Joshua Hitchcock

Archive for the ‘Te Ao Māori’ Category

Training For The New Economy

In Te Ao Māori on May 21, 2016 at 2:40 pm

With the new Government Budget set to be announced next week, a plethora of pre-budget announcements are being made to build a momentum of positive news stories.  One such announcement last week was the expansion of the Māori and Pasifika Trades Training Scheme:

An additional $9.6 million over four years will provide for more Māori and Pasifika Trades Training (MPTT) as demand for the programme continues to grow, Tertiary Education, Skills and Employment Minister Steven Joyce and Maori Development Minister Te Ururoa Flavell say.

“This funding will provide places for 2,500 young Māori and Pasifika learners in MPTT programmes this year, and 3,400 next year, up from just 1,200 in 2014,” Mr Joyce says.

“We are targeting 5,000 learners annually by 2019 as we encourage young Māori and Pasifika to take up a trade and help meet some of the emerging shortages in construction and infrastructure trades particularly.”

Source: Beehive.Govt.NZ

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Man, Know Thyself

In Te Ao Māori on May 13, 2016 at 12:54 am

If we are talking about who needs to apologise, the National Government needs to apologise for the disgraceful actions that it has inflicted upon Māori in the past.  Who remembers Don Brash in Ōrewa?  Who remembers that speech?  Who remembers the hate that was whipped up from that dog whistle, from that Government over that?

This was a comment made by Rino Tirikatene, the current Labour member for Te Tai Tonga, speaking in General Debate in Parliament on Wednesday 11 May 2016.  A member of the party that confiscated the foreshore and seabed in 2004, invaded Ngāi Tūhoe in October 2007, and refused to endorse the United Nations Declaration on the Rights of Indigenous Peoples.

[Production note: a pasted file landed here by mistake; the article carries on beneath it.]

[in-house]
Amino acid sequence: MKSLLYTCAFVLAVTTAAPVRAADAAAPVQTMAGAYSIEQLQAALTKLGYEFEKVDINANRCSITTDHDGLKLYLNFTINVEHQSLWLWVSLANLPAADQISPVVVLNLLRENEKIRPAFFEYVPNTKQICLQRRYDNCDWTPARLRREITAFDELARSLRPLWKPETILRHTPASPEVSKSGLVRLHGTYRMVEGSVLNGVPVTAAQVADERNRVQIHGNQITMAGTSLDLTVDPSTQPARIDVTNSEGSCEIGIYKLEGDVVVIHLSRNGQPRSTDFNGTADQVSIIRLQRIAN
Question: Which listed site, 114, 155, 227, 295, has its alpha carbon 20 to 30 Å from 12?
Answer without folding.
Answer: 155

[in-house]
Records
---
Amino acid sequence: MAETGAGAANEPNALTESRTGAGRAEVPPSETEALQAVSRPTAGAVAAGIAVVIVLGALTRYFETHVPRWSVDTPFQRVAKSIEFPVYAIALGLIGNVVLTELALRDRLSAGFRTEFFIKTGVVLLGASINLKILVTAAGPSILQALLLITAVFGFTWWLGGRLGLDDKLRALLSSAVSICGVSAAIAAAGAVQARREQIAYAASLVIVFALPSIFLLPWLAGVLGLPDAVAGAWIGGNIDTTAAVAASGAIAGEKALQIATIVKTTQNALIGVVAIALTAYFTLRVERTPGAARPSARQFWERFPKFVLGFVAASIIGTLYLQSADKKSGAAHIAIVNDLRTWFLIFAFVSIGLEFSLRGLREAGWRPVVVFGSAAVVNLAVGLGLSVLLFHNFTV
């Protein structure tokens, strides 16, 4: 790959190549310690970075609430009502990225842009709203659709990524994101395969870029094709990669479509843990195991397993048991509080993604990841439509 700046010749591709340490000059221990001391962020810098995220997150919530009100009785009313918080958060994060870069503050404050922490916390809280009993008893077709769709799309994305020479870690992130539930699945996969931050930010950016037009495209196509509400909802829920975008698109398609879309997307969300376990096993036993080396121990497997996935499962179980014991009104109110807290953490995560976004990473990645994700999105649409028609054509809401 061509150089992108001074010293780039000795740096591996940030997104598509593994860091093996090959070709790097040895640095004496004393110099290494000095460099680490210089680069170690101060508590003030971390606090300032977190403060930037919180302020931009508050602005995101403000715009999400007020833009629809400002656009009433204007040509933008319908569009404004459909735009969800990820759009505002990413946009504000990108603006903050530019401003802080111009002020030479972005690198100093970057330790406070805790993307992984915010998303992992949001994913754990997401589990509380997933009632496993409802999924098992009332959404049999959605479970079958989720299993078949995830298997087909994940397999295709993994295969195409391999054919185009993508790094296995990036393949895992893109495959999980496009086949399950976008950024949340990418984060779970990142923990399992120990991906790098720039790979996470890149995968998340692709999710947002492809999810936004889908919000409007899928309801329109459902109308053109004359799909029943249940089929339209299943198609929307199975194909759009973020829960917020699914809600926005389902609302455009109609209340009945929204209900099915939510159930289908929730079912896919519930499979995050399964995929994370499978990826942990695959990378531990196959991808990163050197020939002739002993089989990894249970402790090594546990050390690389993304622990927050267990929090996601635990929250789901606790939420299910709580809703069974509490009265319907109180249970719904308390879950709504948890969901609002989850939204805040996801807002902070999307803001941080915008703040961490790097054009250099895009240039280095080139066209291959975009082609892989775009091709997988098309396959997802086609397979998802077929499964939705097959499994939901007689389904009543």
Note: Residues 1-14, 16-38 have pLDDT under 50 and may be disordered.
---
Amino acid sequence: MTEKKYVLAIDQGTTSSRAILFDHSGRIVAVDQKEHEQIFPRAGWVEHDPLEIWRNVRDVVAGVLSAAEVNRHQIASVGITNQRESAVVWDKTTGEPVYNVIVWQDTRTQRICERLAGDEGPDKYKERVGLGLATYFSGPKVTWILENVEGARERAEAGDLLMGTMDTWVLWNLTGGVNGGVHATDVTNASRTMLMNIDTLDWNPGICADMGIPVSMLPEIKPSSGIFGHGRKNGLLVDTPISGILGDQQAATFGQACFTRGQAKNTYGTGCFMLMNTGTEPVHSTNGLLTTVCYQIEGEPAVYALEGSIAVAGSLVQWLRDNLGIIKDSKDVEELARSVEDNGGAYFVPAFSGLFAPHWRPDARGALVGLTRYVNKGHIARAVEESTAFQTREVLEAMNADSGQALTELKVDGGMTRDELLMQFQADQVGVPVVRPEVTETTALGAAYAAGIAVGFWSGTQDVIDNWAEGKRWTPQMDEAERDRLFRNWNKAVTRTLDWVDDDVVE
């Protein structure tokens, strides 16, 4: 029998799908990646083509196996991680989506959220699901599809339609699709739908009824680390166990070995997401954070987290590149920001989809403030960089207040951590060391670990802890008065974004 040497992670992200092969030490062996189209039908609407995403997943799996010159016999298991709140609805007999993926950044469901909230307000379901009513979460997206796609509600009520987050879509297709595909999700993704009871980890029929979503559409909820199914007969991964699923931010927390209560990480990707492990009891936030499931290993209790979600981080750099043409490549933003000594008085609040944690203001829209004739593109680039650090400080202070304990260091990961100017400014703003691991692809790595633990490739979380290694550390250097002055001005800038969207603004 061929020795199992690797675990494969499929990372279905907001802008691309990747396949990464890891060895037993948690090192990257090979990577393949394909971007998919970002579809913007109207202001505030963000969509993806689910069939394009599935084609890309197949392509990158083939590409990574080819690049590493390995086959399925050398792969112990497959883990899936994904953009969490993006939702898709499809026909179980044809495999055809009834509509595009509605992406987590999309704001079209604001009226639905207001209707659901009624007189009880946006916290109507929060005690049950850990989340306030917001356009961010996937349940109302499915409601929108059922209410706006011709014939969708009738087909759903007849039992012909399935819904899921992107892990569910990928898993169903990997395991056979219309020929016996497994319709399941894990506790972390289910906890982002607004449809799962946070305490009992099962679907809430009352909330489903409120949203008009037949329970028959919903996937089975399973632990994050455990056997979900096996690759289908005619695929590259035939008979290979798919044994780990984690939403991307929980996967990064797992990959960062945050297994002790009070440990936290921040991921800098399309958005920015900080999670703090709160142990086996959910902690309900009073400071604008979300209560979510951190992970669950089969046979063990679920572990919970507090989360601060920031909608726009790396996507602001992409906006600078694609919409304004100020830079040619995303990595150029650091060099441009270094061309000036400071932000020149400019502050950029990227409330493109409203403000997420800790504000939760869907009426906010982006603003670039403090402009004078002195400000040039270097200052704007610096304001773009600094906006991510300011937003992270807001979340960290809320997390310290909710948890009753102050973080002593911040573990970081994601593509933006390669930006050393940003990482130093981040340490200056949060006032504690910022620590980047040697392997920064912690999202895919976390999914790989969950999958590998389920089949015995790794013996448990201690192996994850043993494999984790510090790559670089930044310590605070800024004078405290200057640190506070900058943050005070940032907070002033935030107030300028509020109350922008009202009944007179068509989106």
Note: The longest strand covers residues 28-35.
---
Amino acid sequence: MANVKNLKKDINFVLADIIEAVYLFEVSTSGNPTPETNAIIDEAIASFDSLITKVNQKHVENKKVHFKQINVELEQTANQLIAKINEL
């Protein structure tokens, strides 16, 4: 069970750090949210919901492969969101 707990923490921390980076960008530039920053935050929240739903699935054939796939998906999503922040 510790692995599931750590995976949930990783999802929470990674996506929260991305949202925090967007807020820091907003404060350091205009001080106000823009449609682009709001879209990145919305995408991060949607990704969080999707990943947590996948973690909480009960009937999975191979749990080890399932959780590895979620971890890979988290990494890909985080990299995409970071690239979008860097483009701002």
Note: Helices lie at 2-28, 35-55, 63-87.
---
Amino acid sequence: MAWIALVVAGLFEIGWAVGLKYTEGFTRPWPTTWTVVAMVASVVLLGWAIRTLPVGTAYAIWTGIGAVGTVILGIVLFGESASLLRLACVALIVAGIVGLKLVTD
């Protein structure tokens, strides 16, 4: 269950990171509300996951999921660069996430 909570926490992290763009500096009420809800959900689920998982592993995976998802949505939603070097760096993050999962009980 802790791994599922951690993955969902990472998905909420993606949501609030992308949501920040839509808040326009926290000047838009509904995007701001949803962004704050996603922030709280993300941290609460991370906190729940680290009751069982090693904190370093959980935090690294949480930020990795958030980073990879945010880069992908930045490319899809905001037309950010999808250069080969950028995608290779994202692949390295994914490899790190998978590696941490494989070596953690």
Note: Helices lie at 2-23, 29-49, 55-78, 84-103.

Who remembers?  Indeed.

Sunday Reading

In Lifestyle, Te Ao Māori on February 14, 2016 at 10:00 am

A new weekly feature, where I share some of my favourite reads from the past week.

#1 The Spinoff Interview of Mana Magazine editor, Leonie Hayden. A wonderful interview with Leonie covering her role at Mana Magazine and the visibility of Māori in the New Zealand media.

#2 Again from The Spinoff, a list of the top 50 nonfiction books by, or about, Māori.  Following on from their top 50 New Zealand non fiction books which suffered from a complete white wash, amends were well and truly made with this list of cracking reads and resources from Te Ao Māori.

#3 After 5 years of conversation, the Independent Constitutional Working Group, established by the Iwi Leaders Group, and Chaired by Margaret Mutu and Moana Jackson, released their findings and recommendations for alternative constitutional arrangements.

#4 Also in the legal sphere, the Waitangi Tribunal released a draft chapter on its urgent inquiry into the reforms of Te Ture Whenua Māori 1993.

#5 From Media Diversified, the thought-provoking piece entitled “Diversity is Dead, and Whiteness Killed It”

Share your favourite pieces in the comments below!

Our Stories: Mana Magazine Feb/Mar Edition

In Te Ao Māori on February 1, 2016 at 1:32 pm

Mana cover-127

The latest edition of Mana Magazine hits the shelves today with a Rangatahi-themed edition and one very insightful article on the historical roots of our housing problems, displaced urban Māori and how history continues to repeat itself.  Also included is my latest column looking at economic development, and my attention this month turns to Ngāi Tūhoe and their efforts to assert their Mana Motuhake.

You can check out the latest edition here.

Land Based Taxes and Māori

In Te Ao Māori on June 8, 2015 at 9:13 pm

I am currently in Auckland undertaking a LLM course with Professor James Anaya and Dr Claire Charters focusing on indigenous rights within the international legal system.  We have had a number of discussion on self-determination (a lessor form of the right to Tino Rangatiratanga guaranteed to Māori under Te Tiriti o Waitangi) and on appropriate remedies for breaches of the fundamental human rights that indigenous peoples hold.  One such right is the right to be secure in the possession of their lands and resources, encapsulated in Article 26 of the United Nations Declaration on the Rights of Indigenous Peoples: Read the rest of this entry »